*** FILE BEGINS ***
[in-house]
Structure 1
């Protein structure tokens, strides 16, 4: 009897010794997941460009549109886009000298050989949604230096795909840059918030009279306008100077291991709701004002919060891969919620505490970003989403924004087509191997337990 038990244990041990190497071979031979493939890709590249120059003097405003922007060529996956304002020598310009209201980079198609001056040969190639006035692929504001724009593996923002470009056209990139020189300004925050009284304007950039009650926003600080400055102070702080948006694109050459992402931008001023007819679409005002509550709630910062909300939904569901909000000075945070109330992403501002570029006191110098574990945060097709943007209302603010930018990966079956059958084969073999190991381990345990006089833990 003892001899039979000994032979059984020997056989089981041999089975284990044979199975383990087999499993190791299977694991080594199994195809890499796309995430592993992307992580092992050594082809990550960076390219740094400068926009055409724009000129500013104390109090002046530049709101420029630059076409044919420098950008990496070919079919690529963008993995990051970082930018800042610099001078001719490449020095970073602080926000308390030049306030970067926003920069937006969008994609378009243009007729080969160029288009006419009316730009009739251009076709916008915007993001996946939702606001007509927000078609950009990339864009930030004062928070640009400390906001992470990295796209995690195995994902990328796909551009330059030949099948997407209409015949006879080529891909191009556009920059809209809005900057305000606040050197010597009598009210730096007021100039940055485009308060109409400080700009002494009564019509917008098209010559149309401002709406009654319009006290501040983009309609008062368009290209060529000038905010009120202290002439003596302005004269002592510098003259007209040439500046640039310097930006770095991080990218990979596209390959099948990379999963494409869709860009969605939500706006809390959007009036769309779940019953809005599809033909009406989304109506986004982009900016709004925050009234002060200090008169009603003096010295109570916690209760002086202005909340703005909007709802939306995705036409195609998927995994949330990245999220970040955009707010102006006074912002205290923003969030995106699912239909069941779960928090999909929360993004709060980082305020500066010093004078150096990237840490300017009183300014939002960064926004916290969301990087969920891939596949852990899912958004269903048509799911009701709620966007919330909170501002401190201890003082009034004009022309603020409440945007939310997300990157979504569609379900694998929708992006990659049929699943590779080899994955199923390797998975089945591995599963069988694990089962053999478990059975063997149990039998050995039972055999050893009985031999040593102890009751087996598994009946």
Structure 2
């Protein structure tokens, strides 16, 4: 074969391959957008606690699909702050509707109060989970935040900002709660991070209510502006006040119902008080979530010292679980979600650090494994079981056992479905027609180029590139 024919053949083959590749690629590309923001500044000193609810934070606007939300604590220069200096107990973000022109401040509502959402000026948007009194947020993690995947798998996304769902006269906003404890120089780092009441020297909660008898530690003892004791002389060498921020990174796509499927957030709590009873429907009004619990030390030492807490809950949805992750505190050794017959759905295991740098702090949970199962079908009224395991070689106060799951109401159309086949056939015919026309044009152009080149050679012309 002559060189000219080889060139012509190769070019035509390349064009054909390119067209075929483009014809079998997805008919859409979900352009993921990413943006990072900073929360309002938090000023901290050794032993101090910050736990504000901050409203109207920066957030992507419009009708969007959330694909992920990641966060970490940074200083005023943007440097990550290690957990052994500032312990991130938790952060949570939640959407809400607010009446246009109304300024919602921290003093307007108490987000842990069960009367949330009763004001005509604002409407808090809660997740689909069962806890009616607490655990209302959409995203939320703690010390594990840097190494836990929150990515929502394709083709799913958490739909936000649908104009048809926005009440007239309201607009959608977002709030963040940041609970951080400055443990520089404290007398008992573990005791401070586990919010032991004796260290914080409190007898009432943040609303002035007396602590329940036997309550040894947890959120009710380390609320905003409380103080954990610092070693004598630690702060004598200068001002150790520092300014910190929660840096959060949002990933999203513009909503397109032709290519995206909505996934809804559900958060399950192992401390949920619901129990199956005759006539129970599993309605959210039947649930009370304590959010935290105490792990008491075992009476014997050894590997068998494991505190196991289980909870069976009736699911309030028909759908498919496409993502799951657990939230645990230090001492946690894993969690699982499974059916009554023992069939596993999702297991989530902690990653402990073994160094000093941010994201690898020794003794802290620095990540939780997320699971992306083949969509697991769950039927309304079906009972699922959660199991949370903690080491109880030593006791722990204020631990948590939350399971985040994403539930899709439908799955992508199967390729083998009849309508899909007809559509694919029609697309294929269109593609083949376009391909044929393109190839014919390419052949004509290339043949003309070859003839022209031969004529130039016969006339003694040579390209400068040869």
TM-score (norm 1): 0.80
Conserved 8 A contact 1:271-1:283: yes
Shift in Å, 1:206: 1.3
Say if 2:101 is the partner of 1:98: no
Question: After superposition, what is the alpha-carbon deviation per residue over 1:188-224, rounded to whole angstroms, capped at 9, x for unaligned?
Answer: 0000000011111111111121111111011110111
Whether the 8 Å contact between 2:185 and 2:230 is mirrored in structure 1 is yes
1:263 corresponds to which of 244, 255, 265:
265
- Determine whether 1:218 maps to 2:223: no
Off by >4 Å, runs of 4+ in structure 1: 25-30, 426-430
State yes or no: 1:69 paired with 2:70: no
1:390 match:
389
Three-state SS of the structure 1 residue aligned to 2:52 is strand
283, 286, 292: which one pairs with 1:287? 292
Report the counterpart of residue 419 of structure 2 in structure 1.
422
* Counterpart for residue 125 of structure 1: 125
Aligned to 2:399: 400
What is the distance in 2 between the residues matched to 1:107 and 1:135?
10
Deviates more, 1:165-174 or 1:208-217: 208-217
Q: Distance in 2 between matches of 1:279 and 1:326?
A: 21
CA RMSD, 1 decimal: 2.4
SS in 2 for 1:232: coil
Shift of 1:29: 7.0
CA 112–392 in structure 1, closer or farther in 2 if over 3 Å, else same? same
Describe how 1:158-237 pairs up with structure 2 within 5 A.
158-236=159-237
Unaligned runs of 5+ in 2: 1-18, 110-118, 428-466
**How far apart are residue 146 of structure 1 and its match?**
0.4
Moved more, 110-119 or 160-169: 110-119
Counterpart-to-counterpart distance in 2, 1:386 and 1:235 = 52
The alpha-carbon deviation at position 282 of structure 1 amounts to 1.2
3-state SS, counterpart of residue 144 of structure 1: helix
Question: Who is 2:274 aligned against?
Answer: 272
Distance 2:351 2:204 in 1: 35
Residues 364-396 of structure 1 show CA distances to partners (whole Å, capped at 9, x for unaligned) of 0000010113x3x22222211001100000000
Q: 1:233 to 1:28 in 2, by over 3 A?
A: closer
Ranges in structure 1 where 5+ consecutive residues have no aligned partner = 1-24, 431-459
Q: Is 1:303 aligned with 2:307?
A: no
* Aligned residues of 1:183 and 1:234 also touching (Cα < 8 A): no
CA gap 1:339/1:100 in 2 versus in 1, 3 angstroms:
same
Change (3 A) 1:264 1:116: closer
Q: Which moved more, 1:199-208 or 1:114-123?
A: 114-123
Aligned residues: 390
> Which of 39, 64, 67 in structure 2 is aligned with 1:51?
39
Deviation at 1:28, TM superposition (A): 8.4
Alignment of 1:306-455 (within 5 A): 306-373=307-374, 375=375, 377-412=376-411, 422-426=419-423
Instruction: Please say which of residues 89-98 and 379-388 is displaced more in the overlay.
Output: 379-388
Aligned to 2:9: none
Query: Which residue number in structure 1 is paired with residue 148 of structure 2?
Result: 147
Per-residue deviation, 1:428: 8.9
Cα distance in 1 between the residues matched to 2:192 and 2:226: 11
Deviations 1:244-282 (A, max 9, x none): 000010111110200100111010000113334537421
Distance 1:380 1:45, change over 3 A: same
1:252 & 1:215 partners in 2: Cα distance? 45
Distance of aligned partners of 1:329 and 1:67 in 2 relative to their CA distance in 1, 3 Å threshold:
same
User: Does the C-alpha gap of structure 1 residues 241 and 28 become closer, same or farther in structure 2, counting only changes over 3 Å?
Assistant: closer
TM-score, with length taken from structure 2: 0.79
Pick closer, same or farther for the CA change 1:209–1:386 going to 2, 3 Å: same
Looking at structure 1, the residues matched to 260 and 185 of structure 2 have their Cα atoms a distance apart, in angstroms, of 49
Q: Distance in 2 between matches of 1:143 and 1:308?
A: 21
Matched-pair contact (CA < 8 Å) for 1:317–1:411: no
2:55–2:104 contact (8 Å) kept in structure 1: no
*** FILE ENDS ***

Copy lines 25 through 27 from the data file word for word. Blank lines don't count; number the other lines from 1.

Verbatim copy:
Aligned to 2:399: 400
What is the distance in 2 between the residues matched to 1:107 and 1:135?
10